Calls to a Container/Device

Kenzy's architecture allows for a few ways to send commands between containers to devices. Most commands are sent via JSON, although it is not a requirement per se.

Referencing Devices & Containers

Kenzy uses a standard URL template for calls to a device or container. The pattern is as follows:


The {command} must be listed in the target object's "accepts" method/property or else an error will be generated. The {id} is the UUID for the specific device or container that should receive the message. You can send normal HTTP type requests to any of these URL templates and the resulting httpRequest object will be sent into the target device/container's related function.

NOTE: Be advised that you can make most calls to the brain instance and the request will be forwarded along to the appropriate container as required. Alternatively, if you are connecting to a standard container device then you can only send commands to devices that live on that one container. The web control panel is a great example of a tool that leverages the benefit of the Brain being the entry point/forwarder for most calls.


As an example of Device/Container/Brain communication let's run through how a "Listener" receives a phrase that it needs to send to a Brain to generate a response.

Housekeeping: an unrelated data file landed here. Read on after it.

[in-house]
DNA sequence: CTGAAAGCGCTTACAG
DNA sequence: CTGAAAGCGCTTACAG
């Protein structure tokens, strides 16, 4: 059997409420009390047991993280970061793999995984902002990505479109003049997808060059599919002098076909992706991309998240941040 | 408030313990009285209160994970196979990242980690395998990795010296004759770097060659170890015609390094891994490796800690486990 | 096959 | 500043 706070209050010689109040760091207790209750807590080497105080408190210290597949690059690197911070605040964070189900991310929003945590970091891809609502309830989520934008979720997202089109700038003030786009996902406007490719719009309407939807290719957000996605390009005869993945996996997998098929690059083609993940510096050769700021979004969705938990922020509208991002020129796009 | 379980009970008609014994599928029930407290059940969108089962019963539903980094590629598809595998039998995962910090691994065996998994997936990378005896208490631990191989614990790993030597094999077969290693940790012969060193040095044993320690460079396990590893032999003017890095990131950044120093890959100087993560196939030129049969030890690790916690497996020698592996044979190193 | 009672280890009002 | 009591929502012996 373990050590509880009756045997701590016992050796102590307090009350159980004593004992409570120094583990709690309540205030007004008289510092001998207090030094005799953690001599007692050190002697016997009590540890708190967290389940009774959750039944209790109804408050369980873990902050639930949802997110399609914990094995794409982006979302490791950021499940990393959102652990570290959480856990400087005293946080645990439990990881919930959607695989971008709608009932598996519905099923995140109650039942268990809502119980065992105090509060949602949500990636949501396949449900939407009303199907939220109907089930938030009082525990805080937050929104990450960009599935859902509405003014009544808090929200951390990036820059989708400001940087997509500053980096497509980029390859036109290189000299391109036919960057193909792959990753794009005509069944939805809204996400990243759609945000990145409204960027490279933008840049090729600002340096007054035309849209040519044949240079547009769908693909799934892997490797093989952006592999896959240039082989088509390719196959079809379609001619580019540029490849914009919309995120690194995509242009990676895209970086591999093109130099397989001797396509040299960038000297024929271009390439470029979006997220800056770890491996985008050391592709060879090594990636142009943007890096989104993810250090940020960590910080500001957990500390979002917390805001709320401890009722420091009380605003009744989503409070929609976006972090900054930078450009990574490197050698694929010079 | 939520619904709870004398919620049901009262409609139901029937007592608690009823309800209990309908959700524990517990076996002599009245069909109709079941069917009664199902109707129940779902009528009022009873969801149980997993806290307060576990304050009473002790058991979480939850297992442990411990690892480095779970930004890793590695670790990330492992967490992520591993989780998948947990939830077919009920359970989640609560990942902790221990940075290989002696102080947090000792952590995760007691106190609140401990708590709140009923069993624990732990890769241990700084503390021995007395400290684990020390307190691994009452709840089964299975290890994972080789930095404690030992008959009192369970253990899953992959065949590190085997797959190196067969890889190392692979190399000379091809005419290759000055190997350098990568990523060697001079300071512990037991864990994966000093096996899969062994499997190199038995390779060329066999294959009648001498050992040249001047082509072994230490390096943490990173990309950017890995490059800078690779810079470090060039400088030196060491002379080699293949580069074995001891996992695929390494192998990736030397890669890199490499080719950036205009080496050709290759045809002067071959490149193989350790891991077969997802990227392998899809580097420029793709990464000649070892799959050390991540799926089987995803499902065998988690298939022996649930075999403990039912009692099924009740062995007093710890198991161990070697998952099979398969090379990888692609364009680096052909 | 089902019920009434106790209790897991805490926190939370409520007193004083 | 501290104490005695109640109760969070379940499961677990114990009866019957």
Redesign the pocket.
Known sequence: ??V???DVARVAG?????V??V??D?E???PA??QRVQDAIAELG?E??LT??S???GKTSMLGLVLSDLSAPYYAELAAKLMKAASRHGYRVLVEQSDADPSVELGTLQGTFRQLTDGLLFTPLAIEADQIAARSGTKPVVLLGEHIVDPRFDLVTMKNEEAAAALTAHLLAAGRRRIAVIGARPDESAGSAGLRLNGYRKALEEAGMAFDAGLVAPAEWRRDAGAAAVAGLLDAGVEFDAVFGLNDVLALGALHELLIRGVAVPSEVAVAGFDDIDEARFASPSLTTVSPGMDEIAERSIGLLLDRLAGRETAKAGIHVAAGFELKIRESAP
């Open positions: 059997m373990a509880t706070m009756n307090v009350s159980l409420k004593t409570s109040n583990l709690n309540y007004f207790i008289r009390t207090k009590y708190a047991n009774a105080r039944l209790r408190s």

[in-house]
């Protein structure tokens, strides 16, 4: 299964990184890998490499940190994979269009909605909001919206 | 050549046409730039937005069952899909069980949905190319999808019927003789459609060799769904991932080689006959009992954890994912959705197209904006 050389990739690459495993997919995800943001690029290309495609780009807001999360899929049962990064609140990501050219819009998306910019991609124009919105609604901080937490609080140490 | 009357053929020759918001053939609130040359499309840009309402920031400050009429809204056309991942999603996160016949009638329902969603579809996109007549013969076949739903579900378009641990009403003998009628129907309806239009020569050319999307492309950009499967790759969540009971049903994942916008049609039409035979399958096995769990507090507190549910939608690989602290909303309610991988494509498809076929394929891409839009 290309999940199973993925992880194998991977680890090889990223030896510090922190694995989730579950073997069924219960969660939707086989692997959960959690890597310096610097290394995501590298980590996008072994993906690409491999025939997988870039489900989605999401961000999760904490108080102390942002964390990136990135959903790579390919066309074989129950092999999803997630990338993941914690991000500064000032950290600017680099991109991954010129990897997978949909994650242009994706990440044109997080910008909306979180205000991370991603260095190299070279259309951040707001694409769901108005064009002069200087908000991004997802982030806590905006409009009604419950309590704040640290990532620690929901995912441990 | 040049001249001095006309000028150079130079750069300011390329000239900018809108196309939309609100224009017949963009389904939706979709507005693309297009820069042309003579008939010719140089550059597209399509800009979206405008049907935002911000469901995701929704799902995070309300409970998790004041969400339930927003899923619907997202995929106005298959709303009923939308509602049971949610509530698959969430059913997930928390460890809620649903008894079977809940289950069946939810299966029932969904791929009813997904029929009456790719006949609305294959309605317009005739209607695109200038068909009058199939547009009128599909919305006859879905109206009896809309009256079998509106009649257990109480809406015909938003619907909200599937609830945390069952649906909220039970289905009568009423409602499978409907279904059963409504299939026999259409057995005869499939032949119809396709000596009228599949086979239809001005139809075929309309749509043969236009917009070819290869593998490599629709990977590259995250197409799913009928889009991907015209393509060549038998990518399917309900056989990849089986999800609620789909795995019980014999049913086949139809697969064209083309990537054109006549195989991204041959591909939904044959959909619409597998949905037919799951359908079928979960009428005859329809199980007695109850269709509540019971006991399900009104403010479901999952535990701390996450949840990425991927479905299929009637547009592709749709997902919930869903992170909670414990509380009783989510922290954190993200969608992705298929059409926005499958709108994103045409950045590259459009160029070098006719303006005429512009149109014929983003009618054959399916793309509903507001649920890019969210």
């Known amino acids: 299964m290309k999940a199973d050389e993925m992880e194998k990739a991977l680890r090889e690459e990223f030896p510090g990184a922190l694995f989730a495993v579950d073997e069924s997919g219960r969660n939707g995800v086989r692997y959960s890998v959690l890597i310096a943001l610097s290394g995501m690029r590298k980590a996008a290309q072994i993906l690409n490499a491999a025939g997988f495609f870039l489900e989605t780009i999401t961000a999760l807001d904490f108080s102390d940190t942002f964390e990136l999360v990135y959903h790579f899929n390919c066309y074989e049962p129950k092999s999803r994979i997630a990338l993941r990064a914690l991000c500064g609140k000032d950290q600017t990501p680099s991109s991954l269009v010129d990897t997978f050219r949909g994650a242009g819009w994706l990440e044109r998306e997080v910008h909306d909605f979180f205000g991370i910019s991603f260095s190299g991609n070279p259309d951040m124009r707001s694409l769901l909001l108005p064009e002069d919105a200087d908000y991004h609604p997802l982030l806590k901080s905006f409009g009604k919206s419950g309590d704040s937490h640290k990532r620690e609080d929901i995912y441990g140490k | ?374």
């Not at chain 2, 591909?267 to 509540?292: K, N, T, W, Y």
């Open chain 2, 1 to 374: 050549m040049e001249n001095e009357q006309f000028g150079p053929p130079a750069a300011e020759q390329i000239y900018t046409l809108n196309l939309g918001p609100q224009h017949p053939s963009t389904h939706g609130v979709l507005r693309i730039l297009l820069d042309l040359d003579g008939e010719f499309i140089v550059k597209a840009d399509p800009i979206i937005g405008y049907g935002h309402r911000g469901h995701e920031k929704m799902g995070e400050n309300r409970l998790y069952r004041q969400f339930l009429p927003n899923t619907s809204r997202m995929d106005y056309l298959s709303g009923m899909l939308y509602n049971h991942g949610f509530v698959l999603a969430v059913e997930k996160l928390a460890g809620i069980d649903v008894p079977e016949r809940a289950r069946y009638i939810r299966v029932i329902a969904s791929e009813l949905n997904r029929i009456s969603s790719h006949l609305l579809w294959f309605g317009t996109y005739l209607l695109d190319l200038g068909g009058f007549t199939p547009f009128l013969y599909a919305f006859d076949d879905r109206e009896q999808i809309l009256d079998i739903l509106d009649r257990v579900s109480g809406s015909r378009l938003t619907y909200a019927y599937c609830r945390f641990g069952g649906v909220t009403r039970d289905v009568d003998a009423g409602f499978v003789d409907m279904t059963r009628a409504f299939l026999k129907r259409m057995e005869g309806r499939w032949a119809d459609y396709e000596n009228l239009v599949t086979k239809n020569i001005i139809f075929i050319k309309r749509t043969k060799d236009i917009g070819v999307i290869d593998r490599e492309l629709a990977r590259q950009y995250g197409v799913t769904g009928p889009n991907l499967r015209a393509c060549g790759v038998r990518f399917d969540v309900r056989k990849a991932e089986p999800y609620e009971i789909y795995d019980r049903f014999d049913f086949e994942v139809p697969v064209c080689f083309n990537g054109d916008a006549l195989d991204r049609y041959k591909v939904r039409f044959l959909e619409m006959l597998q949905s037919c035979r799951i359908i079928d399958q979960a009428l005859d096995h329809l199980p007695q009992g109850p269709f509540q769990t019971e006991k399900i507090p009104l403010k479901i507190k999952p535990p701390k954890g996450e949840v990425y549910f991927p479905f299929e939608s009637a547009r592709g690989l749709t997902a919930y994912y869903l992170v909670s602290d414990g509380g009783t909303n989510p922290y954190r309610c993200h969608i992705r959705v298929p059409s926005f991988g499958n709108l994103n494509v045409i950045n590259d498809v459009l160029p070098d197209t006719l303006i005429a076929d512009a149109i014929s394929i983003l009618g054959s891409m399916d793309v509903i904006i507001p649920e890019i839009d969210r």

The Listener is designed to capture audio and convert that speech to text. That's part of the device itself so no issues there. Once the audio is converted to text then we need to communicate to the Brain. The included DeviceContainer (kenzy.containers.DeviceContainer) has the function already set up to send data to the brain for further processing. This is handled through the container's callbackHandler which is made available to the device as a callable function.

from kenzy.containers import DeviceContainer
from kenzy.devices import Listener

container = DeviceContainer()

listener = Listener(callback=container.callbackHandler)
container.addDevice("LISTENER", listener, autoStart=True)


In the above the "container.callbackHandler" has the following definition:

def callbackHandler(inType, data, context=None)

A sample of the callbackHandler call would look something like this.

container.callbackHandler("AUDIO_INPUT", "what time is it")

The DeviceContainer will then take the input and send it to the brain as the following HTTP request:

POST /brain/collect
Content-Type: application/json

    "type": "AUDIO_INPUT", 
    "data": "what time is it" 

And the corresponding response would be:

HTTP/1.1 200 OK
Date: Mon, 07 Feb 2022 21:10:00 GMT
Content-Type: application/json

  "error": false,
  "message": "Complete"

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